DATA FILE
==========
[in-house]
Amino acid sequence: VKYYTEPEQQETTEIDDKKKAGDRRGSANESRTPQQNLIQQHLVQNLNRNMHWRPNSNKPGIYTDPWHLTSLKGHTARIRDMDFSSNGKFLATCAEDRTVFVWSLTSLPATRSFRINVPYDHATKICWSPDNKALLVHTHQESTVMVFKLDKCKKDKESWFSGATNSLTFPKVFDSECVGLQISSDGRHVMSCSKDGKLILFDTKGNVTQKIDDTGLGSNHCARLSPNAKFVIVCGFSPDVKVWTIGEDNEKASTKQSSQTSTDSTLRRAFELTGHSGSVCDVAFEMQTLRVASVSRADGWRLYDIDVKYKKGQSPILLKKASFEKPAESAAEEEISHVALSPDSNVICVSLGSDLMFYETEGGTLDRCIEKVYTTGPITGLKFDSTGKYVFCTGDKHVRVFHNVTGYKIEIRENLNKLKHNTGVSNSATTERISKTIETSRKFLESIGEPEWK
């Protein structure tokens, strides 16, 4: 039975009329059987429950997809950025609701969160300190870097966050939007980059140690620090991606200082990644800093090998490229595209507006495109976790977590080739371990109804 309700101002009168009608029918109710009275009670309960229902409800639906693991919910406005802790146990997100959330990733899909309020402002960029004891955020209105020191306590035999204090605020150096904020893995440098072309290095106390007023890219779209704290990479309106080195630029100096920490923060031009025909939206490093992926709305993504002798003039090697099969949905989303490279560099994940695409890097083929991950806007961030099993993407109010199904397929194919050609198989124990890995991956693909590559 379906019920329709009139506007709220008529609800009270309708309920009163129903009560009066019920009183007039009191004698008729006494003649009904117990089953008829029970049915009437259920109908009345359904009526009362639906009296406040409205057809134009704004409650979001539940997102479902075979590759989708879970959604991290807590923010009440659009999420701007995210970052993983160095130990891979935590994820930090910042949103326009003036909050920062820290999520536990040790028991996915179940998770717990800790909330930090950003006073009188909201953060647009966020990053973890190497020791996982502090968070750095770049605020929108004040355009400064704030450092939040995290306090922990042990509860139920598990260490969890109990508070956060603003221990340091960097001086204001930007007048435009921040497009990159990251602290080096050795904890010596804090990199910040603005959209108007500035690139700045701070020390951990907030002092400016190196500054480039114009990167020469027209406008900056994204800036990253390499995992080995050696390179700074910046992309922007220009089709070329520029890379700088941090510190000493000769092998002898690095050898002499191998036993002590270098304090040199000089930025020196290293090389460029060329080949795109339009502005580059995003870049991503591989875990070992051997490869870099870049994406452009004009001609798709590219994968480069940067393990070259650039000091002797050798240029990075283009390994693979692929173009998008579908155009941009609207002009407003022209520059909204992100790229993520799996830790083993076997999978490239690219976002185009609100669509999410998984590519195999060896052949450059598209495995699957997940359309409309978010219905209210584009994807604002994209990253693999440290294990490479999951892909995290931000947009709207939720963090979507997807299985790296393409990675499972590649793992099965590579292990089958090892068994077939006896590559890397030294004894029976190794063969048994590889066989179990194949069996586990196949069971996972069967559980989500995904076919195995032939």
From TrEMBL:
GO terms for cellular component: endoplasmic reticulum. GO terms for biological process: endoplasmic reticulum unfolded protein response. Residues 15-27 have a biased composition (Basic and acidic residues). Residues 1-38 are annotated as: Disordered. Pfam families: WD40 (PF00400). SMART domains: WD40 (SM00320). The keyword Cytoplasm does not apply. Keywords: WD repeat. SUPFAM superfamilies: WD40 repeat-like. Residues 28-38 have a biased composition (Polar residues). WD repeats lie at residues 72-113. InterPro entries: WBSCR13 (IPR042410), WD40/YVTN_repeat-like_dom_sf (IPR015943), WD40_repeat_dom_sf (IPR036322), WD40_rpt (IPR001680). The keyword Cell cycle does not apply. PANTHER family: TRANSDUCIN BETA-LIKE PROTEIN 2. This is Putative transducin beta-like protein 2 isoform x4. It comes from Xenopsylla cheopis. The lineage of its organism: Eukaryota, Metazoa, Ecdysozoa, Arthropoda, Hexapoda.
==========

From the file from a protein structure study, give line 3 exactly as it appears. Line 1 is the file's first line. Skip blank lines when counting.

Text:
């Protein structure tokens, strides 16, 4: 039975009329059987429950997809950025609701969160300190870097966050939007980059140690620090991606200082990644800093090998490229595209507006495109976790977590080739371990109804 309700101002009168009608029918109710009275009670309960229902409800639906693991919910406005802790146990997100959330990733899909309020402002960029004891955020209105020191306590035999204090605020150096904020893995440098072309290095106390007023890219779209704290990479309106080195630029100096920490923060031009025909939206490093992926709305993504002798003039090697099969949905989303490279560099994940695409890097083929991950806007961030099993993407109010199904397929194919050609198989124990890995991956693909590559 379906019920329709009139506007709220008529609800009270309708309920009163129903009560009066019920009183007039009191004698008729006494003649009904117990089953008829029970049915009437259920109908009345359904009526009362639906009296406040409205057809134009704004409650979001539940997102479902075979590759989708879970959604991290807590923010009440659009999420701007995210970052993983160095130990891979935590994820930090910042949103326009003036909050920062820290999520536990040790028991996915179940998770717990800790909330930090950003006073009188909201953060647009966020990053973890190497020791996982502090968070750095770049605020929108004040355009400064704030450092939040995290306090922990042990509860139920598990260490969890109990508070956060603003221990340091960097001086204001930007007048435009921040497009990159990251602290080096050795904890010596804090990199910040603005959209108007500035690139700045701070020390951990907030002092400016190196500054480039114009990167020469027209406008900056994204800036990253390499995992080995050696390179700074910046992309922007220009089709070329520029890379700088941090510190000493000769092998002898690095050898002499191998036993002590270098304090040199000089930025020196290293090389460029060329080949795109339009502005580059995003870049991503591989875990070992051997490869870099870049994406452009004009001609798709590219994968480069940067393990070259650039000091002797050798240029990075283009390994693979692929173009998008579908155009941009609207002009407003022209520059909204992100790229993520799996830790083993076997999978490239690219976002185009609100669509999410998984590519195999060896052949450059598209495995699957997940359309409309978010219905209210584009994807604002994209990253693999440290294990490479999951892909995290931000947009709207939720963090979507997807299985790296393409990675499972590649793992099965590579292990089958090892068994077939006896590559890397030294004894029976190794063969048994590889066989179990194949069996586990196949069971996972069967559980989500995904076919195995032939």